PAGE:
If you have a connecting flight at NAIA, be really mindful about which terminal you’re coming into and out of, and plan for HOURS to make your connection as you’ll probably have to get a taxi outside.

Good luck and have fun at Manila’s airport! With your help, we can rise to just the 9th worst in Asia!

Rate this post


Norm Schriever is a blogger, Amazon best-sellling author, cultural mad scientist, and enemy of the comfort zone. His work appears in the Huffington Post,, Good Morning America, The Anderson Cooper Show on CNN, NBC, MSN, Yahoo,, and media all around the world.
Norm grew up in Connecticut and graduated from the University of Connecticut, where he was never accused of overstudying. After expatriating to Costa Rica in 2011, he started traveling the world and documenting what he saw. He now lives in Southeast Asia, writing his heart out and working with local charities.


  1. When departing from T3, go to arrivals where there is one entrance to the airport. You will still have to put your luggage on a scanner but you will get through that one entrance quicker than the several entrances at the departures level. Once inside, get the lift up to the departures level or the food court above that.

  2. I just transited through Manila airport. On landing, we were shuffled through to a small room – no chance for toilet or drinking water or etc – and told we would need to find out luggage, and identify it. This was after we expected our luggage to be sent straight to our destination (London to Sydney in my case) . I was wondering, what on earth is my luggage doing here in Manila? Everyone was confused. The staff were just hanging around, chatting and playing with their phones. It transpired it wasn’t just our plane, but EVERY transiting passenger. So, this room was slowly filling up with passengers from all flights. Luggage was bring brought in from all the flights, all at once (bit by bit). We were all anxiously looking out for our article of luggage. Everyone feeling hot and irritable in this small room underground with no ventilation. Eventually I spotted my bag, after about 30 minutes. I stepped out of the line, grabbed it, and took it to the inspection table. Two men assessed it. One unzipped it. Then zipped it back up again. No inspection or anything. Stuck a label on the bag. Out I went. I think a lot of people were quietly swearing never to go to Manila airport again. This serves NO function whatsoever – what is supposed to happen to a bag en route? Who or what is going to do something to a bag? This was ‘make work’ at its finest. There were further useless security checks for everyone, my boarding pass was checked 4 times in transit! It should have only been checked once! That is, when I was boarding!! NEVER AGAIN. Partially just because I object to pointless ‘Security theatre’ – stuff that instills a sense of risk and fear and obligation without actually having anything to do with safety or protection of passengers or whatever. Simply inconvenience. I intend to let the airport know they are going to lose heaps of customers, this includes their sovereign services like Phillipines Airlines, becuase no one wants to put up with this shit and there are plenty of other places to transit through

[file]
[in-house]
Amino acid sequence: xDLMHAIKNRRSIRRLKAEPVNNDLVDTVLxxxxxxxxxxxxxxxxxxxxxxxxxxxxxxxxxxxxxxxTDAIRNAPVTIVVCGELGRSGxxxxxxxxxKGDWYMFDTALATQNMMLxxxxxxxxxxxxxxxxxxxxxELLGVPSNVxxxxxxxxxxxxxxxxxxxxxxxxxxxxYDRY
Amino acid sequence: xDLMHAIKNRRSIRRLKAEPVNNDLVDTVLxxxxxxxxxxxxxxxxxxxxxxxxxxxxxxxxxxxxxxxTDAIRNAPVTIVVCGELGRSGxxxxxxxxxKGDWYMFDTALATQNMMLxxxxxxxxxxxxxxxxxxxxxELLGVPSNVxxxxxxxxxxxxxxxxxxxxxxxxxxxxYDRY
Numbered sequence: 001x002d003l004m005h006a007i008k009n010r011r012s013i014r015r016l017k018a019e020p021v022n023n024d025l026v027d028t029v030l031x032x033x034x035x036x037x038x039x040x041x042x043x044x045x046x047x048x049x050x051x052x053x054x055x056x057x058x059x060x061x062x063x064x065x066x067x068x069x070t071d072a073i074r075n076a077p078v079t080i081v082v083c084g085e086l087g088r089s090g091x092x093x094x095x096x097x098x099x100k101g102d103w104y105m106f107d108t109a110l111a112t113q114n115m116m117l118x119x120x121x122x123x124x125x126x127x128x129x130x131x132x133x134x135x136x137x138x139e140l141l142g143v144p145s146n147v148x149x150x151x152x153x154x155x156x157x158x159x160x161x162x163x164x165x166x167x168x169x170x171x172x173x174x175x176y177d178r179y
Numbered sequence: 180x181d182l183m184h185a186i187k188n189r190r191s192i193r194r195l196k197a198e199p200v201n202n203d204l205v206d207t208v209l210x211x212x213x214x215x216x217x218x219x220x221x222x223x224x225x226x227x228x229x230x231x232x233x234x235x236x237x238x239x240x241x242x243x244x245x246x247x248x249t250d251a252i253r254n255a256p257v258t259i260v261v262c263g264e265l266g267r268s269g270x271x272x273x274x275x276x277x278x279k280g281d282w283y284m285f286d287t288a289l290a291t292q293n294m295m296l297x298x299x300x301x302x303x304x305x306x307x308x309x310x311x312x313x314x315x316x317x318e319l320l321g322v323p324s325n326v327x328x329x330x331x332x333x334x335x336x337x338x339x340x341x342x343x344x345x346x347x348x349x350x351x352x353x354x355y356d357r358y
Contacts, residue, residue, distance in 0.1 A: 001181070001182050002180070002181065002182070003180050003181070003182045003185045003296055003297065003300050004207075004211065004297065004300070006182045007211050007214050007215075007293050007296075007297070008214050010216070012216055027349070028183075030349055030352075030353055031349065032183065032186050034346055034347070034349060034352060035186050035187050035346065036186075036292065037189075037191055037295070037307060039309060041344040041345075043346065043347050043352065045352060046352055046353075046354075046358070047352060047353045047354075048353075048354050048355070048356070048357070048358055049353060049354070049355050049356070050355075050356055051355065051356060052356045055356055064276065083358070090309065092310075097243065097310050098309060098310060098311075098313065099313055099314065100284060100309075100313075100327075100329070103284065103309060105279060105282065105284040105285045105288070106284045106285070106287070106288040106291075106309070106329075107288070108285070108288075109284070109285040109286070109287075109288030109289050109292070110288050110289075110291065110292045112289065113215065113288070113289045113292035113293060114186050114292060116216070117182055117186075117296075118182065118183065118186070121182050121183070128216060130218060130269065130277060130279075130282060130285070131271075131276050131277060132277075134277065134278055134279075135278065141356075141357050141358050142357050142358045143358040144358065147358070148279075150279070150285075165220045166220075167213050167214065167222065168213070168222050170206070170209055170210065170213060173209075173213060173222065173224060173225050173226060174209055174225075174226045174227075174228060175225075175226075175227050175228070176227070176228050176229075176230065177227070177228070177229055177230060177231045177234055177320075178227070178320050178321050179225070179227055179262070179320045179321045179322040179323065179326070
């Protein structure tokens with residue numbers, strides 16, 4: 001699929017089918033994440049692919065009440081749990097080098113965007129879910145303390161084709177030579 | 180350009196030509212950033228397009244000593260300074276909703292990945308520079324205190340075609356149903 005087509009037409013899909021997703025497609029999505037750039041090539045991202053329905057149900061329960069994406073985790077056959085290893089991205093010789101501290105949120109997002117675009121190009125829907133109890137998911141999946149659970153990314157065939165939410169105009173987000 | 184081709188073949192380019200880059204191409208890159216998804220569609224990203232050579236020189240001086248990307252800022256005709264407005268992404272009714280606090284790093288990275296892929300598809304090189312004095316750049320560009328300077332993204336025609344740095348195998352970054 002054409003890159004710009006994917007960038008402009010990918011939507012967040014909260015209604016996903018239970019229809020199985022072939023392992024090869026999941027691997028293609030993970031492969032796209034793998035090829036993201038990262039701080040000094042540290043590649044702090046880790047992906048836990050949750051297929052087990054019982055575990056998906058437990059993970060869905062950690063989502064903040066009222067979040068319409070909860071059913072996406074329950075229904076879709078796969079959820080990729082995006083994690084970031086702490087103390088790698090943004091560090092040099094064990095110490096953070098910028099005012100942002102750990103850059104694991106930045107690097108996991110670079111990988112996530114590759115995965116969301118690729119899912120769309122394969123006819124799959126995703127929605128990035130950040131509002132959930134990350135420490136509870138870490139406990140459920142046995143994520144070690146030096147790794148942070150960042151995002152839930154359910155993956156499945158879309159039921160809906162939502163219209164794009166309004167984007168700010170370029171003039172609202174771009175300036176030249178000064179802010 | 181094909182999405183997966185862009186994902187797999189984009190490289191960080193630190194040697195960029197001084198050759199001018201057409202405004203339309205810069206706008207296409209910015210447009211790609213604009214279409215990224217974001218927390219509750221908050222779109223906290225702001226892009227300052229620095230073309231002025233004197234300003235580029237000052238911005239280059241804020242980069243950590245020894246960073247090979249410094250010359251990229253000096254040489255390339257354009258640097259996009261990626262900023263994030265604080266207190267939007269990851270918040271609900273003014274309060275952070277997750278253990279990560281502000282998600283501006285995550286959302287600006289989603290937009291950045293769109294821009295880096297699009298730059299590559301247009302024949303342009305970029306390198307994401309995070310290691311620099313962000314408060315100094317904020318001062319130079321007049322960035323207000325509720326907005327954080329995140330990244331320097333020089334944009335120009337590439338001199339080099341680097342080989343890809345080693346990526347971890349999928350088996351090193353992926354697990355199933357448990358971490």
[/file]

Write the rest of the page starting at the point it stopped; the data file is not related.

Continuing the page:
Leave a Comment

Your email address will not be published. Required fields are marked *